An odd first bill

I’m looking forward to making this campaign about issues and ideas and not individuals, so I hesitate to mention my opponent, Alex Ybarra, by name. However, people keep asking me why I’m running, and Mr. Ybarra’s first bill during his short time in the Legislature is part of the reason. Briefly, the bill lowered standards for admission to teacher education programs by removing the requirement to pass a test called the WEST-B.

The B is for basic, and if you ask 100 teachers about it, 95 or more of them will tell you that if someone can’t pass the WEST-B, they have no business being a teacher. It measures a person’s abilities in reading, ‘riting, and ‘rithmetic.

To be fair, the bill was written requested by the Professional Educators Standards Board (PESB), which noticed that non-white students have a lower passing rate on the test and concluded that the test was culturally biased. I’m pretty sure complex tests like the SAT or GRE are indeed culturally biased, but in this case it seems just as likely that WEST-B passing rates are evidence of how our education system is failing these students, and how other factors also make it difficult for these students to learn the skills necessary to become good teachers.

I’m a teacher, and 96% of my students are Hispanic/Latinx, so I definitely understand the need for more teachers who look like my students. In fact, many of my students would make excellent teachers, and it’s a career I often recommend to my best students. They would have no trouble passing the WEST-B. What might keep them from becoming teachers is a sense that teachers aren’t respected and aren’t paid as they should be. The Republican Party has done more than any other single organization to make teaching a less attractive career, but there’s no reason to believe Mr. Ybarra feels that way. Meanwhile, his party also consistently opposes affirmative action citing (unwarranted) concerns about declining standards — but this bill literally lowered standards.

The PESB only has one tool: lowering or raising standards. It’s great that they’re paying attention to teacher diversity, but this bill did not address the roots of the problem, and it may have made things worse.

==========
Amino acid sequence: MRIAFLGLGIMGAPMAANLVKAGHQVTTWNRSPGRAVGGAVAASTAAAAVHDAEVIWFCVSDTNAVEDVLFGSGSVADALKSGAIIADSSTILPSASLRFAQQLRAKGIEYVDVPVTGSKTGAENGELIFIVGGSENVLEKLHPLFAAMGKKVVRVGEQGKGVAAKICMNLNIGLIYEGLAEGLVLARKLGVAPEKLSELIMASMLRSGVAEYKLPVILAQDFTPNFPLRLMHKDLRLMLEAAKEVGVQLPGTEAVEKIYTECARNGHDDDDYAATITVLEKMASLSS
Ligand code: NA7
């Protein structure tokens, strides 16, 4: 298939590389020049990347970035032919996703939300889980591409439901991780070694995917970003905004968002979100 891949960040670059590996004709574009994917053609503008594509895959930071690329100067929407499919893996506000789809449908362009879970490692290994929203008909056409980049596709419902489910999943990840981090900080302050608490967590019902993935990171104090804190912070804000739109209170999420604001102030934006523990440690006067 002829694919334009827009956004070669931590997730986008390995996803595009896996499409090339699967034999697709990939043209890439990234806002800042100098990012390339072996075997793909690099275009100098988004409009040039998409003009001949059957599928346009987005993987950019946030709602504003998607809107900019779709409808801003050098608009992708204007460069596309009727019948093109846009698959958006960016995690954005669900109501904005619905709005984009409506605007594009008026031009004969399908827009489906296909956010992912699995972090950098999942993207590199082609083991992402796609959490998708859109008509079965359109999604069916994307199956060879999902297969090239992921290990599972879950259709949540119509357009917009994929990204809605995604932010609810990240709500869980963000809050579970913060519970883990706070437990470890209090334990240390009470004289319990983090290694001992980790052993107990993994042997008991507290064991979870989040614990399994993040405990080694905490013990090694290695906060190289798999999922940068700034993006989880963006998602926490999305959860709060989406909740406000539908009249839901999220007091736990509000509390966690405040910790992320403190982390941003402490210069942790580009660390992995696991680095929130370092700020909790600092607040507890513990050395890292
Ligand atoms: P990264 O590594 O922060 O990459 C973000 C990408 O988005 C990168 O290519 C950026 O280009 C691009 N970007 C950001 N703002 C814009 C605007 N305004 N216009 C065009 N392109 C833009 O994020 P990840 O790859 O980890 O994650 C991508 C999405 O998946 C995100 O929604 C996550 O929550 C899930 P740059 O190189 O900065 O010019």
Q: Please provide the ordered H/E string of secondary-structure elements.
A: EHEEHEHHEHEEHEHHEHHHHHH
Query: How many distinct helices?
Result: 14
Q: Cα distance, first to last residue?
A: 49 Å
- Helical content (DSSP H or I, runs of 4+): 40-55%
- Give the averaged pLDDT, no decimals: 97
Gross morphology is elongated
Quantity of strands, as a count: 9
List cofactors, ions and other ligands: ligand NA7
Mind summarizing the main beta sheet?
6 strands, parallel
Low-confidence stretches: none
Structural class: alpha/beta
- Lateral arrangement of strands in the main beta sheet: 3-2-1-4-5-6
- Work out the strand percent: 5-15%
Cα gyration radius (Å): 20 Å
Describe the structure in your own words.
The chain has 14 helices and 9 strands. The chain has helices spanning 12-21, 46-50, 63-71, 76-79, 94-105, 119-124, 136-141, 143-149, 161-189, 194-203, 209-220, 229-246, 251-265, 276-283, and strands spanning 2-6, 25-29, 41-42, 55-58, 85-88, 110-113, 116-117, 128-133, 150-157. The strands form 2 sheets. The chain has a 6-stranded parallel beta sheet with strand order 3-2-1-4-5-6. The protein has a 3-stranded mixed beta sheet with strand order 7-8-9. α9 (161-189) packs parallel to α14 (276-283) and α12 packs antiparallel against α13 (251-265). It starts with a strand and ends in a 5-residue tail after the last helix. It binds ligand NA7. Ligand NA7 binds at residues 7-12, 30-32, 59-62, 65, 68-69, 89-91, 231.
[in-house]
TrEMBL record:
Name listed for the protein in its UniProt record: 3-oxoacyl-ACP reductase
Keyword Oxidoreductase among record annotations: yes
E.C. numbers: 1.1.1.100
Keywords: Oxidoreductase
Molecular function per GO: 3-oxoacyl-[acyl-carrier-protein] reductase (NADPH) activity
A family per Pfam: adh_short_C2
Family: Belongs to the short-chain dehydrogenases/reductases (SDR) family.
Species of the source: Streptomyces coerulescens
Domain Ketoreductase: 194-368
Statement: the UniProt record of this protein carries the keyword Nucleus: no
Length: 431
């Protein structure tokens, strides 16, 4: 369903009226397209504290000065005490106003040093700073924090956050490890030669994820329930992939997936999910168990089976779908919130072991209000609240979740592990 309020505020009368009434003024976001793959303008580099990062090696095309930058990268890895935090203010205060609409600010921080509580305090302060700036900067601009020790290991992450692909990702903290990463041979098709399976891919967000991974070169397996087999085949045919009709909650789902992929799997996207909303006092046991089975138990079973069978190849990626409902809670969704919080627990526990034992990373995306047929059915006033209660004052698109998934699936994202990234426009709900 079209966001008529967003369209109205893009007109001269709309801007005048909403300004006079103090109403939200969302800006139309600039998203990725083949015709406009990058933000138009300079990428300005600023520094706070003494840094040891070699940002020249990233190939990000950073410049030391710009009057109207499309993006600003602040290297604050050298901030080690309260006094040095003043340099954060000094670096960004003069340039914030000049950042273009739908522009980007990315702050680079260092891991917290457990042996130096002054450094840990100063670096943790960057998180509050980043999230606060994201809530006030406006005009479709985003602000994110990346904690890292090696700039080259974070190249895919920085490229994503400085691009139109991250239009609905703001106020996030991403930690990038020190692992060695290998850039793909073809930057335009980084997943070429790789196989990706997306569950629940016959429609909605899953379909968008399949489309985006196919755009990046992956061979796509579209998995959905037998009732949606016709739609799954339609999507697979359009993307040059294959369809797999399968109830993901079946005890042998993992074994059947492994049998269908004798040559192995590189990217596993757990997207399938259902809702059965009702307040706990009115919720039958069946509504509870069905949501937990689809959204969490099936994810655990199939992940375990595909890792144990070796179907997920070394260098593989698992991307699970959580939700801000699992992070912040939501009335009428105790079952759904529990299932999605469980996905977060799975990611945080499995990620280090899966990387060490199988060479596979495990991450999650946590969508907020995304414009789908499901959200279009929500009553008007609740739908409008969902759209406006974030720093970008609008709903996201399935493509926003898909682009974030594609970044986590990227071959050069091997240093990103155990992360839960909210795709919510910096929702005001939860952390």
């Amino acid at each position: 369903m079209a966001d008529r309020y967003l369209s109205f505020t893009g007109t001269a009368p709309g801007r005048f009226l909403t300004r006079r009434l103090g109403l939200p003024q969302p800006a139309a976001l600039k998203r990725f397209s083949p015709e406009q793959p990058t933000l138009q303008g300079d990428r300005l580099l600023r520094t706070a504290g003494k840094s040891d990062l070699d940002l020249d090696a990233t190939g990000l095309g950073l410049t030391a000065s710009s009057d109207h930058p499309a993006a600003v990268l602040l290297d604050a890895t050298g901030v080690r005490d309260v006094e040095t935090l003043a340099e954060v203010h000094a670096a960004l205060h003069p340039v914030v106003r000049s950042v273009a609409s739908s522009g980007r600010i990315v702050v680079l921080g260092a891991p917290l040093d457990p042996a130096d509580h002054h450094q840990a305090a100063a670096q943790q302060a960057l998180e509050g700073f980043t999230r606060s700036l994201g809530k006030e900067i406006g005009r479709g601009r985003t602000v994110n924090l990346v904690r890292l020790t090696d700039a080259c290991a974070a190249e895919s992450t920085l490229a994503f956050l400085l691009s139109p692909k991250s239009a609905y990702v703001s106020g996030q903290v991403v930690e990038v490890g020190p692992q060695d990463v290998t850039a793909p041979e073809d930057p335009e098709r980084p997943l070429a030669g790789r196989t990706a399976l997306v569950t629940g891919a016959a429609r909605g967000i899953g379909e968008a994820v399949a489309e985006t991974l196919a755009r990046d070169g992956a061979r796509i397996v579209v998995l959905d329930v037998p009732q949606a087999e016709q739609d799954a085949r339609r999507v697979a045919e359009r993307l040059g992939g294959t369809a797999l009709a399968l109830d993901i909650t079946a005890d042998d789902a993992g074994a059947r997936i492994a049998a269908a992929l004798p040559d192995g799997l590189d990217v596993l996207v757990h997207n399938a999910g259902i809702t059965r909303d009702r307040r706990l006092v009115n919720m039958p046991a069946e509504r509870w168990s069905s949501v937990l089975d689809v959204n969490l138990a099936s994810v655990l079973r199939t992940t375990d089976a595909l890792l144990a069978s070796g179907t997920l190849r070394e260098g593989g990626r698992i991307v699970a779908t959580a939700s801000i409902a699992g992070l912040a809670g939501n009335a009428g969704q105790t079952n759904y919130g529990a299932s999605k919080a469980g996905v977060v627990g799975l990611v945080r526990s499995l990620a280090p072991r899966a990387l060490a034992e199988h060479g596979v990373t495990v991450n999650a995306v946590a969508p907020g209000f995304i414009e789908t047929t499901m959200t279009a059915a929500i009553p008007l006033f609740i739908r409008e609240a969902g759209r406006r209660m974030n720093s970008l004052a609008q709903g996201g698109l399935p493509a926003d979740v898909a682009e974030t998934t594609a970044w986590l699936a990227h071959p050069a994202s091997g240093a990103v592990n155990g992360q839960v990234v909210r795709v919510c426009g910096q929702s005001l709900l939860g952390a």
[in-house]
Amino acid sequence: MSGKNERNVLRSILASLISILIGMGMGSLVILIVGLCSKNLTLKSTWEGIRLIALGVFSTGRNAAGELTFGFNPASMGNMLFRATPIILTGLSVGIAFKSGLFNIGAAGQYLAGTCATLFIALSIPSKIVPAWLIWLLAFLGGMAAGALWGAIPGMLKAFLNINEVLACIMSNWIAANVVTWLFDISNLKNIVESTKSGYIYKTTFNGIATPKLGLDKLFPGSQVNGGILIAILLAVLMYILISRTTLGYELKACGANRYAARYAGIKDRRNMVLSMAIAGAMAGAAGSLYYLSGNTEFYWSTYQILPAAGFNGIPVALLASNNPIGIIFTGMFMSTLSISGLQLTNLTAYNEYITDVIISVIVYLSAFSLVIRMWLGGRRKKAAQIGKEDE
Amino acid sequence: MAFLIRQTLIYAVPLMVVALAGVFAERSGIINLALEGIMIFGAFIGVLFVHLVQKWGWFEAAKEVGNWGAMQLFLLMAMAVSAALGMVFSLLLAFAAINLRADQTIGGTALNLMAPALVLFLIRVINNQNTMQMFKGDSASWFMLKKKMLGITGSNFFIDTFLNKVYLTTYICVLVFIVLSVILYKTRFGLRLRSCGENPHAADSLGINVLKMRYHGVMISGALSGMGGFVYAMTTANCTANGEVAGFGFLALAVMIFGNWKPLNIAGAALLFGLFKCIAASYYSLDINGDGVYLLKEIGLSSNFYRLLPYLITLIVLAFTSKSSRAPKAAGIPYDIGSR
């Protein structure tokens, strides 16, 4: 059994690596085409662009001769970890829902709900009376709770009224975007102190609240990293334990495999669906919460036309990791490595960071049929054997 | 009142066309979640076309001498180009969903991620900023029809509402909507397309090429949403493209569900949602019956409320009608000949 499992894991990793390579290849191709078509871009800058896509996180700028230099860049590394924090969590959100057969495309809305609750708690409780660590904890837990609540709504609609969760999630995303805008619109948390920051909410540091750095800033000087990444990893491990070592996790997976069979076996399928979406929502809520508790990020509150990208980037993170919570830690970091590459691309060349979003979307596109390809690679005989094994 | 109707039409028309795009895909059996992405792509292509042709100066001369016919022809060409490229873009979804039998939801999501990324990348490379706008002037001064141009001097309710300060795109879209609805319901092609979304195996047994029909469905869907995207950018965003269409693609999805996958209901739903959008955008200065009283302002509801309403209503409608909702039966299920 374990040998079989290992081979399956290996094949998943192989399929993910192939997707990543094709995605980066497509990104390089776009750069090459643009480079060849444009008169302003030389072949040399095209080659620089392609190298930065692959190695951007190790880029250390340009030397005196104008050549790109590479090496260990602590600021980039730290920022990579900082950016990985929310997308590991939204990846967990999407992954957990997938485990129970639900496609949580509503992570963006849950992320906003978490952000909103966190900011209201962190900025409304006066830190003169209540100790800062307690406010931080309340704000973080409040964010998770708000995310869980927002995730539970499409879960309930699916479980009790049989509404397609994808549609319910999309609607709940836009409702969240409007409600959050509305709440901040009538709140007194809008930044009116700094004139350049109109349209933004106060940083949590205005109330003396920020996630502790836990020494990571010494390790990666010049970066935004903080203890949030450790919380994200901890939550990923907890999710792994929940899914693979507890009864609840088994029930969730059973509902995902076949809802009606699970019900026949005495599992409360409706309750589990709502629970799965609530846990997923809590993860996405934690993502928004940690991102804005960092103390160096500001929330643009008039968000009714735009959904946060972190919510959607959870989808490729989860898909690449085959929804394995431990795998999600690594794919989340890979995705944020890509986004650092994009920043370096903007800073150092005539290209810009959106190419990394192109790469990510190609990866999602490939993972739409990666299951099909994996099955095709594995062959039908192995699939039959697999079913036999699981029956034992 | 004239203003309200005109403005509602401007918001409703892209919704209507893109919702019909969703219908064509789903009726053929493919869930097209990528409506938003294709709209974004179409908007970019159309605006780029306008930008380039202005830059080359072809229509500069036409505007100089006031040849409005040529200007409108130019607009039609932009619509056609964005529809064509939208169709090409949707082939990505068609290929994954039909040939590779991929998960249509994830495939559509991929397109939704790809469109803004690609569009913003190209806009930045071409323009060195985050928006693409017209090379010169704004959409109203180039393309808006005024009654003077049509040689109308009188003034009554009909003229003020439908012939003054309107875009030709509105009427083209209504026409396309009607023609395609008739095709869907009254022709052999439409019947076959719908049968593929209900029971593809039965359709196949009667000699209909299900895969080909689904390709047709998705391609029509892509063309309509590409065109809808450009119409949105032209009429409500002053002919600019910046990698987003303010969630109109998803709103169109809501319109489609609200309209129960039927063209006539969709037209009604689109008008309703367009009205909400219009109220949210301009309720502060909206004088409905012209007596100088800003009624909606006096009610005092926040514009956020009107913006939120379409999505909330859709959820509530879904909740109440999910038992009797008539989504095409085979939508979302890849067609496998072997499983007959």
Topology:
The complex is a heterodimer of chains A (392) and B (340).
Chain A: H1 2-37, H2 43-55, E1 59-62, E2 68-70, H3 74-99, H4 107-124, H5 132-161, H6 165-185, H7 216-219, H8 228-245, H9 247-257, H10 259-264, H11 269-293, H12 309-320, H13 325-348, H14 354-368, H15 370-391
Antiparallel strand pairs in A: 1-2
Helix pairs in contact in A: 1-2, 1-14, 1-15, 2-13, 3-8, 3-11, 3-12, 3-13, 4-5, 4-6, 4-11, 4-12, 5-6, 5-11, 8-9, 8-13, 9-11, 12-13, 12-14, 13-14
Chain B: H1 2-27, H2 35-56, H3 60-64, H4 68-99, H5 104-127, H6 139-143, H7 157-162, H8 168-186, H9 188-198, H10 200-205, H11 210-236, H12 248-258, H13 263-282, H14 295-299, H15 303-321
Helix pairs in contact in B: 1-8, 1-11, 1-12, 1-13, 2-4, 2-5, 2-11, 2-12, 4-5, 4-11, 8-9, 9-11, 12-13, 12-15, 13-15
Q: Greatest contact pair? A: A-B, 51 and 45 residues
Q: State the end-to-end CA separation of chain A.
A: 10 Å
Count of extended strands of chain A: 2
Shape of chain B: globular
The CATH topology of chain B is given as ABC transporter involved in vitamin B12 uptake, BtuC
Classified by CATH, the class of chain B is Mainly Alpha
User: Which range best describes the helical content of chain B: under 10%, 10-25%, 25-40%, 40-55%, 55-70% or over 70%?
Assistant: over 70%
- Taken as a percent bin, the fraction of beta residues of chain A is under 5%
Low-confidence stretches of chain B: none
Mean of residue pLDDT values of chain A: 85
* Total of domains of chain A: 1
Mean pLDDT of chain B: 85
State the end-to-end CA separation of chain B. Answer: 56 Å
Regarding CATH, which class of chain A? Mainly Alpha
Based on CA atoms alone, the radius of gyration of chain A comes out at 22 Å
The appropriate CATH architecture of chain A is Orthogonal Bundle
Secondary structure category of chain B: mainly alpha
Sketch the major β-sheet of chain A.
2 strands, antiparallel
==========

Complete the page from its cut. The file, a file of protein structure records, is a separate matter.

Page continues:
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  1. It’s great that this inspired you to run. What will you do if elected to correct the problem of the teacher shortage and cultural diversity in teaching? What are some other points of interest that you are concerned about? If you want to win my vote you need to be a well rounded candidate who will work for all of the district and not just some of us.


    1. Thanks for your comment. I’ll be posting some proposed solutions later, but here are a couple off the top of my head. At least one of these is probably not directly possible because of the State Constitution’s ban on gifting public money to private individuals.

      High school graduates who were able to learn while they were in high school have lots of career options. Those are the same students we’d like to become teachers, so we need to make teaching, or at least the path to becoming a teacher, more attractive. If money were no object, we would offer scholarships to graduates of high schools with a large percentage of non-white students. Low-interest loans, or guaranteed loans, or loans that would be forgiven if the student became a teacher and taught for, say, at least three years, are another approach. Of course, these students would all be required to pass the WEST-B.

      We can’t throw money at everything, but cost-free solutions are harder. Something as simple as making students from minority-rich high schools aware of teacher salaries would probably go a long way to helping them think about teaching as something they might like to do.

      There are other ways to get to the same place, and the first step is not to assume the problem has been solved by lowering standards. I don’t think we should wait to see of lowering standards helped address the problem, I think we should keep working on it.


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